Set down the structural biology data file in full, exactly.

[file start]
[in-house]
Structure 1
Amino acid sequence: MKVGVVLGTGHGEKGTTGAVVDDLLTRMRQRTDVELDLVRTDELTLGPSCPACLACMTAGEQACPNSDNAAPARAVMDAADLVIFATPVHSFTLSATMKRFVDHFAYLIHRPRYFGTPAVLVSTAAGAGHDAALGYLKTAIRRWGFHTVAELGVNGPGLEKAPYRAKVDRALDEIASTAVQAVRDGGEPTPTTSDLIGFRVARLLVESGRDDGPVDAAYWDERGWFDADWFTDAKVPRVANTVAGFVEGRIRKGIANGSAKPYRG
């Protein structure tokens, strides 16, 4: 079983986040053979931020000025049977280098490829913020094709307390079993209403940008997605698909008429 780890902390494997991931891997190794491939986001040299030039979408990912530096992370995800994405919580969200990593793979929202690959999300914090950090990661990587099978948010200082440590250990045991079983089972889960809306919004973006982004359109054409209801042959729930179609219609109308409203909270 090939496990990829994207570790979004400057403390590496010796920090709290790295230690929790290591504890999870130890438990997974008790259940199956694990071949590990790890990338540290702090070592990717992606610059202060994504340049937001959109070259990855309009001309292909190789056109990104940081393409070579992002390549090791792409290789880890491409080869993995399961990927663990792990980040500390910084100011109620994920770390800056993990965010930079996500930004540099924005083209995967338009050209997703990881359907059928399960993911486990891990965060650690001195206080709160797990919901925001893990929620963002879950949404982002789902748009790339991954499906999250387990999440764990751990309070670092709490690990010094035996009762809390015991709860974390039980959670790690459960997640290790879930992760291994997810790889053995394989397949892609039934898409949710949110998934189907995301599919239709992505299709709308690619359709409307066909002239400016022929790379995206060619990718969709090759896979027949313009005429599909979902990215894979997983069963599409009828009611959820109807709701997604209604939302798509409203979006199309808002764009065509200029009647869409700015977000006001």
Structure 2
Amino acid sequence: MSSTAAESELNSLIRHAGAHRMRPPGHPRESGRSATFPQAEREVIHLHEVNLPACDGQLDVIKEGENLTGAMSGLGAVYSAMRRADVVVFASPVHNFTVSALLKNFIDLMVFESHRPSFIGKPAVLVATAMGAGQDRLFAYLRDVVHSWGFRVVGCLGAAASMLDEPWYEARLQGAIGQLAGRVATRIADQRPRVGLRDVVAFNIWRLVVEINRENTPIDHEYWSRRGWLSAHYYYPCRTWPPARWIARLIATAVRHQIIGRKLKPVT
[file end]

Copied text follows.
[in-house]
Structure 1
Amino acid sequence: MKVGVVLGTGHGEKGTTGAVVDDLLTRMRQRTDVELDLVRTDELTLGPSCPACLACMTAGEQACPNSDNAAPARAVMDAADLVIFATPVHSFTLSATMKRFVDHFAYLIHRPRYFGTPAVLVSTAAGAGHDAALGYLKTAIRRWGFHTVAELGVNGPGLEKAPYRAKVDRALDEIASTAVQAVRDGGEPTPTTSDLIGFRVARLLVESGRDDGPVDAAYWDERGWFDADWFTDAKVPRVANTVAGFVEGRIRKGIANGSAKPYRG
């Protein structure tokens, strides 16, 4: 079983986040053979931020000025049977280098490829913020094709307390079993209403940008997605698909008429 780890902390494997991931891997190794491939986001040299030039979408990912530096992370995800994405919580969200990593793979929202690959999300914090950090990661990587099978948010200082440590250990045991079983089972889960809306919004973006982004359109054409209801042959729930179609219609109308409203909270 090939496990990829994207570790979004400057403390590496010796920090709290790295230690929790290591504890999870130890438990997974008790259940199956694990071949590990790890990338540290702090070592990717992606610059202060994504340049937001959109070259990855309009001309292909190789056109990104940081393409070579992002390549090791792409290789880890491409080869993995399961990927663990792990980040500390910084100011109620994920770390800056993990965010930079996500930004540099924005083209995967338009050209997703990881359907059928399960993911486990891990965060650690001195206080709160797990919901925001893990929620963002879950949404982002789902748009790339991954499906999250387990999440764990751990309070670092709490690990010094035996009762809390015991709860974390039980959670790690459960997640290790879930992760291994997810790889053995394989397949892609039934898409949710949110998934189907995301599919239709992505299709709308690619359709409307066909002239400016022929790379995206060619990718969709090759896979027949313009005429599909979902990215894979997983069963599409009828009611959820109807709701997604209604939302798509409203979006199309808002764009065509200029009647869409700015977000006001």
Structure 2
Amino acid sequence: MSSTAAESELNSLIRHAGAHRMRPPGHPRESGRSATFPQAEREVIHLHEVNLPACDGQLDVIKEGENLTGAMSGLGAVYSAMRRADVVVFASPVHNFTVSALLKNFIDLMVFESHRPSFIGKPAVLVATAMGAGQDRLFAYLRDVVHSWGFRVVGCLGAAASMLDEPWYEARLQGAIGQLAGRVATRIADQRPRVGLRDVVAFNIWRLVVEINRENTPIDHEYWSRRGWLSAHYYYPCRTWPPARWIARLIATAVRHQIIGRKLKPVT